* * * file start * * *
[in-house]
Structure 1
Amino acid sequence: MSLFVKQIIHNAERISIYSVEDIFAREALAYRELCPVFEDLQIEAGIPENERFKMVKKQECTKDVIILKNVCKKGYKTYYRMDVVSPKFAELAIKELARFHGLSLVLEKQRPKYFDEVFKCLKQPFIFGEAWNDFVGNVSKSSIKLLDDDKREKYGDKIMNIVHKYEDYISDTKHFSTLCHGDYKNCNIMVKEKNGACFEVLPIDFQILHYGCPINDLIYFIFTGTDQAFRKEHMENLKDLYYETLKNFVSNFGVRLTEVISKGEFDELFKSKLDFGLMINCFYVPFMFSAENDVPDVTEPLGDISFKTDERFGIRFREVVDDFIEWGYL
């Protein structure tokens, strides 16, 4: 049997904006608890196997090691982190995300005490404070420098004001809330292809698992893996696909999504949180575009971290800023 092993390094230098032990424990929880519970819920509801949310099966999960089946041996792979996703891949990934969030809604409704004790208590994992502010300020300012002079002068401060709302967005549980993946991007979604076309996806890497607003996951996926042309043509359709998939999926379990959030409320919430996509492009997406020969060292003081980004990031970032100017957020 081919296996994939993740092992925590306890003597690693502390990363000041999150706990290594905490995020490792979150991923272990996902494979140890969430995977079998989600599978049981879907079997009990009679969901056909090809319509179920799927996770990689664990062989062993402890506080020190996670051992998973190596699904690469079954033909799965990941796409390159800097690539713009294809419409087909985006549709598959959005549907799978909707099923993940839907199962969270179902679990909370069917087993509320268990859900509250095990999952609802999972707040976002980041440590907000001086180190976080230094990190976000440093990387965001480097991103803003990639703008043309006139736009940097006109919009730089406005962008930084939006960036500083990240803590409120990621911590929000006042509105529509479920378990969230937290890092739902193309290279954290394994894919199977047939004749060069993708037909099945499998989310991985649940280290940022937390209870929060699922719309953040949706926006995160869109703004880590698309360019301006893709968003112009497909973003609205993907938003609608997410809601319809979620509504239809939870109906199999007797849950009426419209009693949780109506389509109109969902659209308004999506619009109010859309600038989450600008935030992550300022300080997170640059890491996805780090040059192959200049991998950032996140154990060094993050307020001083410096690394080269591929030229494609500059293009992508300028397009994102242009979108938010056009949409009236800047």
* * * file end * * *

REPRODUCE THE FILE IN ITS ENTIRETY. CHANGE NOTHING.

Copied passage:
[in-house]
Structure 1
Amino acid sequence: MSLFVKQIIHNAERISIYSVEDIFAREALAYRELCPVFEDLQIEAGIPENERFKMVKKQECTKDVIILKNVCKKGYKTYYRMDVVSPKFAELAIKELARFHGLSLVLEKQRPKYFDEVFKCLKQPFIFGEAWNDFVGNVSKSSIKLLDDDKREKYGDKIMNIVHKYEDYISDTKHFSTLCHGDYKNCNIMVKEKNGACFEVLPIDFQILHYGCPINDLIYFIFTGTDQAFRKEHMENLKDLYYETLKNFVSNFGVRLTEVISKGEFDELFKSKLDFGLMINCFYVPFMFSAENDVPDVTEPLGDISFKTDERFGIRFREVVDDFIEWGYL
């Protein structure tokens, strides 16, 4: 049997904006608890196997090691982190995300005490404070420098004001809330292809698992893996696909999504949180575009971290800023 092993390094230098032990424990929880519970819920509801949310099966999960089946041996792979996703891949990934969030809604409704004790208590994992502010300020300012002079002068401060709302967005549980993946991007979604076309996806890497607003996951996926042309043509359709998939999926379990959030409320919430996509492009997406020969060292003081980004990031970032100017957020 081919296996994939993740092992925590306890003597690693502390990363000041999150706990290594905490995020490792979150991923272990996902494979140890969430995977079998989600599978049981879907079997009990009679969901056909090809319509179920799927996770990689664990062989062993402890506080020190996670051992998973190596699904690469079954033909799965990941796409390159800097690539713009294809419409087909985006549709598959959005549907799978909707099923993940839907199962969270179902679990909370069917087993509320268990859900509250095990999952609802999972707040976002980041440590907000001086180190976080230094990190976000440093990387965001480097991103803003990639703008043309006139736009940097006109919009730089406005962008930084939006960036500083990240803590409120990621911590929000006042509105529509479920378990969230937290890092739902193309290279954290394994894919199977047939004749060069993708037909099945499998989310991985649940280290940022937390209870929060699922719309953040949706926006995160869109703004880590698309360019301006893709968003112009497909973003609205993907938003609608997410809601319809979620509504239809939870109906199999007797849950009426419209009693949780109506389509109109969902659209308004999506619009109010859309600038989450600008935030992550300022300080997170640059890491996805780090040059192959200049991998950032996140154990060094993050307020001083410096690394080269591929030229494609500059293009992508300028397009994102242009979108938010056009949409009236800047």